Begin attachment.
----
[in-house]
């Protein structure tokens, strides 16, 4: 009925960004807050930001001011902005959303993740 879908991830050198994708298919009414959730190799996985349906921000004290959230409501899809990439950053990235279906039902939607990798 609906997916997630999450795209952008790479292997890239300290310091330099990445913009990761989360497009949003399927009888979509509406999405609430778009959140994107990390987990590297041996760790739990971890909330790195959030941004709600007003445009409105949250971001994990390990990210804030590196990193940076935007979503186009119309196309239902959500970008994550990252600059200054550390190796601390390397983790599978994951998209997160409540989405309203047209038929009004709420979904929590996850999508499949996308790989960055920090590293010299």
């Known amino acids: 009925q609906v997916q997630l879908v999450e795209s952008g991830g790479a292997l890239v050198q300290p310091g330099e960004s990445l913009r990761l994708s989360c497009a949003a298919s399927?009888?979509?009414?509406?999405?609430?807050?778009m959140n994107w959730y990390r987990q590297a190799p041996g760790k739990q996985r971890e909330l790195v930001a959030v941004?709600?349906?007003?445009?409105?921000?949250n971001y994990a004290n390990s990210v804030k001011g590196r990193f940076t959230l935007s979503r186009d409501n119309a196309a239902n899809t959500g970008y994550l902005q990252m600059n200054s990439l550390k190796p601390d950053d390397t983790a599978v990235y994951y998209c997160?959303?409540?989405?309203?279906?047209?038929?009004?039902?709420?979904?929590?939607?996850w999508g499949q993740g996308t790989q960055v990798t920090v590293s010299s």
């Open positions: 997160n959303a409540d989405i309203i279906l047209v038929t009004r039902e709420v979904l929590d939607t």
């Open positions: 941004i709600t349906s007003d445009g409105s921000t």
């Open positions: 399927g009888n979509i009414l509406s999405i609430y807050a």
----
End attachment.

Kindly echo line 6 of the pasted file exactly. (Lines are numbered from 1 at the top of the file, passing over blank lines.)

């Open positions: 399927g009888n979509i009414l509406s999405i609430y807050a």